First: the gospel of Jesus Christ is the body of knowledge from God to help us return to Him. Gospel, also known as doctrine, never changes.

Second: the Church is the organization put in place by God, run by Church members, to teach the gospel. The Church and its leaders and policies may change over time. Being made up of humans, the Church is not perfect and neither are its leaders, but the goal is to teach the gospel of Jesus Christ despite human failings.

Third: the culture of Mormonism is most pronounced in places with a high concentration of Mormons and a low concentration of converts. The culture doesn't have much in common with the Church or the gospel, and it is the reason for the reputation of Mormons being insular, judgemental, and exclusive.  Some aspects of the culture (such as these failings) do not mesh well with the gospel.

I hope that helps a bit.

Saturday, May 26, 2012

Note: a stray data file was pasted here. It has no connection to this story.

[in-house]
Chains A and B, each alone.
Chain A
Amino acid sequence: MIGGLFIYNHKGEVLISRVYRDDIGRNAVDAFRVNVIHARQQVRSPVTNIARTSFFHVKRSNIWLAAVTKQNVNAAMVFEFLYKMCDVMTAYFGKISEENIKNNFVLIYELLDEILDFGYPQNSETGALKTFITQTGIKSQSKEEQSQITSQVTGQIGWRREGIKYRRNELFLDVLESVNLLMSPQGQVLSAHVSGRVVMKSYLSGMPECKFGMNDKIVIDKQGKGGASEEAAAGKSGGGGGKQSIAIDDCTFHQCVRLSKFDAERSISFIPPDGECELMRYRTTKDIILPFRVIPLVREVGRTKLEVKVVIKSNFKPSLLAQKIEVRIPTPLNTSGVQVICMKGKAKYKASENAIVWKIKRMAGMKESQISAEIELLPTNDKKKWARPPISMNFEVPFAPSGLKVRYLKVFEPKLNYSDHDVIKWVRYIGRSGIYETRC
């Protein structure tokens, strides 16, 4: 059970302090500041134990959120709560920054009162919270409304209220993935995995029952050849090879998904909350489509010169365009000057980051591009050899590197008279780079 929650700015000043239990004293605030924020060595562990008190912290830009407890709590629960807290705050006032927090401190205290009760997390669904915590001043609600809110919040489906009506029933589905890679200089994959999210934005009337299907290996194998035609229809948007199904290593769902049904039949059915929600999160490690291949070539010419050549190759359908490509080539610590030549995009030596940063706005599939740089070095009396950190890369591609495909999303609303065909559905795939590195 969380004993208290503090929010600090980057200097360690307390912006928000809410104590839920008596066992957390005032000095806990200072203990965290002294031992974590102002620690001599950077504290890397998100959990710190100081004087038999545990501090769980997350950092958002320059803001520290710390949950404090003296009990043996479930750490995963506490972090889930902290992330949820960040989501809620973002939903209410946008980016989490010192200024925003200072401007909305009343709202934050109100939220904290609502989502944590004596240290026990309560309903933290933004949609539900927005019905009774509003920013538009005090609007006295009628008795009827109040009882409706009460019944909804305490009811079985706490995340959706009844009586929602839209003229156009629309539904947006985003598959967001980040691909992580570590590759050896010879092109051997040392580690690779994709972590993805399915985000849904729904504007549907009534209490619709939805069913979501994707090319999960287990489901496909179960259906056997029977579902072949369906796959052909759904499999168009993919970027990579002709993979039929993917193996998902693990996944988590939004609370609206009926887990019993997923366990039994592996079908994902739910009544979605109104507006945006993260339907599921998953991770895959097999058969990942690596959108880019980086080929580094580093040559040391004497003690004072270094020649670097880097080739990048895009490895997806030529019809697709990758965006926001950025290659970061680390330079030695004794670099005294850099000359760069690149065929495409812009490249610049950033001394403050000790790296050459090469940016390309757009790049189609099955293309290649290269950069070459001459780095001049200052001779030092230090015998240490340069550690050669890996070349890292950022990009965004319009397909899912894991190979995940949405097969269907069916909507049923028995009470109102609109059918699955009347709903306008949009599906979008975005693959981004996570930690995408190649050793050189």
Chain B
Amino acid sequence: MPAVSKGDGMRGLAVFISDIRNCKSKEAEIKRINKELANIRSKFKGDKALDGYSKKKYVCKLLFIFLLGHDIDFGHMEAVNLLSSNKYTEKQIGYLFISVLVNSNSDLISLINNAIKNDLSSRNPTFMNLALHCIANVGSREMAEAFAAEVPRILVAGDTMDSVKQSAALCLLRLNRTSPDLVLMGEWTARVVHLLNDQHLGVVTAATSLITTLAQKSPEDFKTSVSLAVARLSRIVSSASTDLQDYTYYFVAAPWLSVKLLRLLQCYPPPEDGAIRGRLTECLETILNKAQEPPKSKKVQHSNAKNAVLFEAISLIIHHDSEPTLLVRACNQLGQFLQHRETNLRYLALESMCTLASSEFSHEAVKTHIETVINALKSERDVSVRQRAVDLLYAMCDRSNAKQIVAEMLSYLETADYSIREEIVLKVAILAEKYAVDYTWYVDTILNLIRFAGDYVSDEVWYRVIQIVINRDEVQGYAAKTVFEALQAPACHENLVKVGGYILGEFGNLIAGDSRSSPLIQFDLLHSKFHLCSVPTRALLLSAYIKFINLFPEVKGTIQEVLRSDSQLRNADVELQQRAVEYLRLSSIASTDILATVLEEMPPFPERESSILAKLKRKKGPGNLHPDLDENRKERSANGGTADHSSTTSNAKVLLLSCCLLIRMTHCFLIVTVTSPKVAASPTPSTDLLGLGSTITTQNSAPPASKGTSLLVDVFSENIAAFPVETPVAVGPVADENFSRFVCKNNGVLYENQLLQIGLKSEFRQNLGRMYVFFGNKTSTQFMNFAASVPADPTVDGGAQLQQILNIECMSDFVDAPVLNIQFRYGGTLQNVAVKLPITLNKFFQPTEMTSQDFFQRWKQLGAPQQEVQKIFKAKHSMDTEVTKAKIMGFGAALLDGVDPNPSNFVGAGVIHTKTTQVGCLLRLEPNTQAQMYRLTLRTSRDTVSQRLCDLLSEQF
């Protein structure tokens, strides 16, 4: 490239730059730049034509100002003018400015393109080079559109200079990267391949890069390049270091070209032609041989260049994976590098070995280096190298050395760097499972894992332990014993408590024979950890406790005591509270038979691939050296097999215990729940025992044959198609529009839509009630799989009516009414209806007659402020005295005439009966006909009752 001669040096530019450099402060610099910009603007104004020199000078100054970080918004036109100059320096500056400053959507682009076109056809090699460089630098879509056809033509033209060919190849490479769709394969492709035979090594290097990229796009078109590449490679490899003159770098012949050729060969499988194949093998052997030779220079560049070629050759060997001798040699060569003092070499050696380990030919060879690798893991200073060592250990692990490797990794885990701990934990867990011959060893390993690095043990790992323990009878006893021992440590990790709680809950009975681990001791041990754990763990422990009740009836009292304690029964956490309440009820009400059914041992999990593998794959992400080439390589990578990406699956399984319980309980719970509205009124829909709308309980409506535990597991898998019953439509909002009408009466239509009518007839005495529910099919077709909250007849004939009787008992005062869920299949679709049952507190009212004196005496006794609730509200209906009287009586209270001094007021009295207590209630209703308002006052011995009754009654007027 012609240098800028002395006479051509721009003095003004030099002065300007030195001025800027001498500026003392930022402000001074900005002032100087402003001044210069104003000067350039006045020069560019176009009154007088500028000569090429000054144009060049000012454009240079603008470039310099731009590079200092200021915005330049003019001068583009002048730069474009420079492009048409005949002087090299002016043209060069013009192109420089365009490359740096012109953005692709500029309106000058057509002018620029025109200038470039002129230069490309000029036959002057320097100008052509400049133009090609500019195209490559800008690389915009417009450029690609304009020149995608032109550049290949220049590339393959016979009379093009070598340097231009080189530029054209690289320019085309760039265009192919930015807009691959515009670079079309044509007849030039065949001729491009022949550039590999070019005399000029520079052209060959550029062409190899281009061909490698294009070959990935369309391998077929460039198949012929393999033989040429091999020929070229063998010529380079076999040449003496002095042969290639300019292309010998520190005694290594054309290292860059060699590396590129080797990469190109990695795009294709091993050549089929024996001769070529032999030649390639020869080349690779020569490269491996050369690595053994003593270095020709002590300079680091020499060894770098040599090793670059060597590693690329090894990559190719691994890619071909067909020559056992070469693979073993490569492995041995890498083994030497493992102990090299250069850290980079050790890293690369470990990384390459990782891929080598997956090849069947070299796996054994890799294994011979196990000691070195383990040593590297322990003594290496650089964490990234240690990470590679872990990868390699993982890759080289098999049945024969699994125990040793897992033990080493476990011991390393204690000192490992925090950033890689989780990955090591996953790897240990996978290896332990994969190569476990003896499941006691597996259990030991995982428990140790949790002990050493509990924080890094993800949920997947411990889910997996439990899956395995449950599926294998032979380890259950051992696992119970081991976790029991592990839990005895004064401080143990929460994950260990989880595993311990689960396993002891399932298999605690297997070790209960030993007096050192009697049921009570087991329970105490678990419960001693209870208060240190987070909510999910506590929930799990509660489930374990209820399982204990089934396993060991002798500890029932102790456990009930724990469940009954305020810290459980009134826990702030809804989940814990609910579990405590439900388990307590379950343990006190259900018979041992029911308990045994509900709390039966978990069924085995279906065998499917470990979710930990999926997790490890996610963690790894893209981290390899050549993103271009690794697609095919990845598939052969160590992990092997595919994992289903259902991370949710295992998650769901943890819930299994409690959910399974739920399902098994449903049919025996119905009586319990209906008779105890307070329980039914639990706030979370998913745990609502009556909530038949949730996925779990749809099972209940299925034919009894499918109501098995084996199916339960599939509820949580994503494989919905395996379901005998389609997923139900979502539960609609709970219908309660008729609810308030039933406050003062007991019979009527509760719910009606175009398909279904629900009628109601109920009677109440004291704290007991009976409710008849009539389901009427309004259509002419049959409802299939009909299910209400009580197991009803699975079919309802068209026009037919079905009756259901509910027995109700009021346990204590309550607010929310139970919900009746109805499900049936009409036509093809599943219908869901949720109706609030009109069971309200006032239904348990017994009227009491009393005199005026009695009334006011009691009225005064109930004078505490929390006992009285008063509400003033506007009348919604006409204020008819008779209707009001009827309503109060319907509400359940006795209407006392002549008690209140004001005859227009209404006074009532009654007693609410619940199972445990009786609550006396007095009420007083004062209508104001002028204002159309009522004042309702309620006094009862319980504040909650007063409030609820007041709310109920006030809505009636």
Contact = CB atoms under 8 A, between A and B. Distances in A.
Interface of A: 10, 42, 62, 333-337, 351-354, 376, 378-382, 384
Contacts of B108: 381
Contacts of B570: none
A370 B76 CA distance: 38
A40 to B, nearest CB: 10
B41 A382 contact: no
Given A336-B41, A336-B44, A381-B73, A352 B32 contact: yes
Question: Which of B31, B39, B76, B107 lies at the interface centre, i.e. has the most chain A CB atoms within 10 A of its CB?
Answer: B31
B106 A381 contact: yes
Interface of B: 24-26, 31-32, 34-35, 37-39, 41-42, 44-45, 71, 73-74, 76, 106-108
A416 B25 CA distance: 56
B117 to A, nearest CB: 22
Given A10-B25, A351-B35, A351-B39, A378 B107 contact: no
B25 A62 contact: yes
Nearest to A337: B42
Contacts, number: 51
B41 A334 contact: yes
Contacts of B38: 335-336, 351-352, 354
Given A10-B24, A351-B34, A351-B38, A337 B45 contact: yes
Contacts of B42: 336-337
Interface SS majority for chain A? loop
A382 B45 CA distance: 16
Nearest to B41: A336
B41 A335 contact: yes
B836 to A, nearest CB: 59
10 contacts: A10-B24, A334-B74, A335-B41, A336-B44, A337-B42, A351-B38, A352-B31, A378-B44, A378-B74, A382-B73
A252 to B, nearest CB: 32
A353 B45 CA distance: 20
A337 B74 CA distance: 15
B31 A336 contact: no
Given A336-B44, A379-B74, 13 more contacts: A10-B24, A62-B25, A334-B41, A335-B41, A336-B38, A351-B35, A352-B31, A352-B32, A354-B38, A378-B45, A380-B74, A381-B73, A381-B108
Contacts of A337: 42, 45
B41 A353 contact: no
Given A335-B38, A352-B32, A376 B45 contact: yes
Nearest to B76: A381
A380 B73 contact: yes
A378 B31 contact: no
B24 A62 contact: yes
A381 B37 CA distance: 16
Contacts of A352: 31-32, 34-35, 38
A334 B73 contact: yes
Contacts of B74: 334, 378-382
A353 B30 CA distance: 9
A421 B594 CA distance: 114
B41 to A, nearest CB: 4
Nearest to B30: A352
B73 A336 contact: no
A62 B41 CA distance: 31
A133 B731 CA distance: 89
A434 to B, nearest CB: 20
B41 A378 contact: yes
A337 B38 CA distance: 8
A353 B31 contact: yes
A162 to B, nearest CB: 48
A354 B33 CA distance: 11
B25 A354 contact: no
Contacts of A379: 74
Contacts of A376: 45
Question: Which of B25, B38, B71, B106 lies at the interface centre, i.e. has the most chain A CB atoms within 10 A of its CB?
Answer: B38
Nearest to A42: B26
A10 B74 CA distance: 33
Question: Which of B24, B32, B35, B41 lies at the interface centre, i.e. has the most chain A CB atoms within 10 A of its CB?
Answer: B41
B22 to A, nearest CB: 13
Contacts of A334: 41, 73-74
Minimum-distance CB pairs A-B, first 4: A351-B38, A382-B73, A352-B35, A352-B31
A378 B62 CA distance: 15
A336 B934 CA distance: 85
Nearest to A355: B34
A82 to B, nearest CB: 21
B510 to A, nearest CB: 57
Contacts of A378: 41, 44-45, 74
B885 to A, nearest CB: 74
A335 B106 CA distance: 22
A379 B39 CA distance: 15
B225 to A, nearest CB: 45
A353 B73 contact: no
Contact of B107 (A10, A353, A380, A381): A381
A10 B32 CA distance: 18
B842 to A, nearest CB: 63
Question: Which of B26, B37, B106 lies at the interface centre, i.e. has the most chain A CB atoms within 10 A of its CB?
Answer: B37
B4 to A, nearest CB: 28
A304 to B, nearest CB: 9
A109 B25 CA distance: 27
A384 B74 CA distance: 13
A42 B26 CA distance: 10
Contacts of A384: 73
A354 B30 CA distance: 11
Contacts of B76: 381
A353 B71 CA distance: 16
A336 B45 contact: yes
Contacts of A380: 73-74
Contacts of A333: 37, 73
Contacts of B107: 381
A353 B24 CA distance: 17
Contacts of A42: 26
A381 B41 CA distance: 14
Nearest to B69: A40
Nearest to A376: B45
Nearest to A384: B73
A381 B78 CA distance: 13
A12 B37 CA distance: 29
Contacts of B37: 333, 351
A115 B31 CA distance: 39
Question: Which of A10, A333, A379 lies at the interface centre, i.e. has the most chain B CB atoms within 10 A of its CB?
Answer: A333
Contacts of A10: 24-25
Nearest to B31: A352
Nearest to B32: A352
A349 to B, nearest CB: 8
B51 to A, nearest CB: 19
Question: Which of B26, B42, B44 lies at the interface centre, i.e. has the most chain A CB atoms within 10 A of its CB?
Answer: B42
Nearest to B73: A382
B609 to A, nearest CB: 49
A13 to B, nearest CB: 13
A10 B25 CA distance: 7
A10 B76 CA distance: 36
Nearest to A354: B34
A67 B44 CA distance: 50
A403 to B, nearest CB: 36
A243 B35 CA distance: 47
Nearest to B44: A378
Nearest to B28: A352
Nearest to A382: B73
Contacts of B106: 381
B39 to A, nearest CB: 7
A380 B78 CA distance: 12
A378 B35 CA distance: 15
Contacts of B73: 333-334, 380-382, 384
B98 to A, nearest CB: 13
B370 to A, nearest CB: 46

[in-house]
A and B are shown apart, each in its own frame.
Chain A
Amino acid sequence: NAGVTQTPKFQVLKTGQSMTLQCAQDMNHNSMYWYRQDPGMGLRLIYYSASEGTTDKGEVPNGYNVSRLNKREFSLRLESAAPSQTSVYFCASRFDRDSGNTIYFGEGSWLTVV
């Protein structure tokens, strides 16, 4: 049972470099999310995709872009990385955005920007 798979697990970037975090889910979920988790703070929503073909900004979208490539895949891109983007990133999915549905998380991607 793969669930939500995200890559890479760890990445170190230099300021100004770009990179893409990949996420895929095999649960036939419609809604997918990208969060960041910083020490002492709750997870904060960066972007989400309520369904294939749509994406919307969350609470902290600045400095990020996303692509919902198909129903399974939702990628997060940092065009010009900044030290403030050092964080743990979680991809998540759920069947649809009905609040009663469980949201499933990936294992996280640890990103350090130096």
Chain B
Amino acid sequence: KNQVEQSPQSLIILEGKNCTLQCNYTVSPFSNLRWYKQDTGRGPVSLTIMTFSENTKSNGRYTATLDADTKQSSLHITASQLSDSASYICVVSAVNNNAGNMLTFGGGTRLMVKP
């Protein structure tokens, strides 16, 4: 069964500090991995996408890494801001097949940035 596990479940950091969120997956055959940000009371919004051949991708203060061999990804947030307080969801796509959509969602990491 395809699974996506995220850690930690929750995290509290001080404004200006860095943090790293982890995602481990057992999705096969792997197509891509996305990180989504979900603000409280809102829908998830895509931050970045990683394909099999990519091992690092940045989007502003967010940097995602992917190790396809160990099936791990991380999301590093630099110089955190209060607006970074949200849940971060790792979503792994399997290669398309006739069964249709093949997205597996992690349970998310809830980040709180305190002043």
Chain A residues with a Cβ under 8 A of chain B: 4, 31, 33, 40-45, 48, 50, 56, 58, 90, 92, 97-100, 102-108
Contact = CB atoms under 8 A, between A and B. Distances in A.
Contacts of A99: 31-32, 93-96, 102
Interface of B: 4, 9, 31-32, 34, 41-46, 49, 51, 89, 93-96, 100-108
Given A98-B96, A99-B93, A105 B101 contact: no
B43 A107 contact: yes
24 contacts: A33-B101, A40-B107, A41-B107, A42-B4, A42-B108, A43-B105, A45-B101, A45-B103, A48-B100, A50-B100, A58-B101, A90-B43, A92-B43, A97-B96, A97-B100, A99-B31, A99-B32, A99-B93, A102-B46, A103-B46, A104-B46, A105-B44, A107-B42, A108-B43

GOP: Civil Rights Follow-up

Monday this week I highlighted Kevin Williamson's article about the GOP being the party of civil rights. Well, his article has stirred up so much response in the liberal news world, that he's written another one. It is awesome. Read it. He's got a link to his first article there if you missed it.
In this follow-up he specifically tackles the liberals' accusations attempting to explain away his asserition that the GOP stood for civil rights while the Democrats opposed it. Here are the three main accusations, as quoted from his article.
  • Sure, Republicans were good on civil rights for a long time, but those were liberal Republicans, so you can’t claim them, since they’d be Democrats now.
  • It wasn’t a Republican/Democrat dispute, it was a North/South dispute.
  • If Republicans were really good on civil rights, why did blacks stop voting for them?
Great questions with great answers. Read it. Quoting a bit of it really wouldn't do it justice, so I won't.

Friday, May 25, 2012

I See a Need

Breitbart is doing a terrific job with The Vetting. Referring, of course, to the vetting of our current president which never happened in 2008. And still doesn't happen. News media would rather dig up dirt on Ann Romney's horse than find out what Obama did or said at any time in his past. Go Breitbart!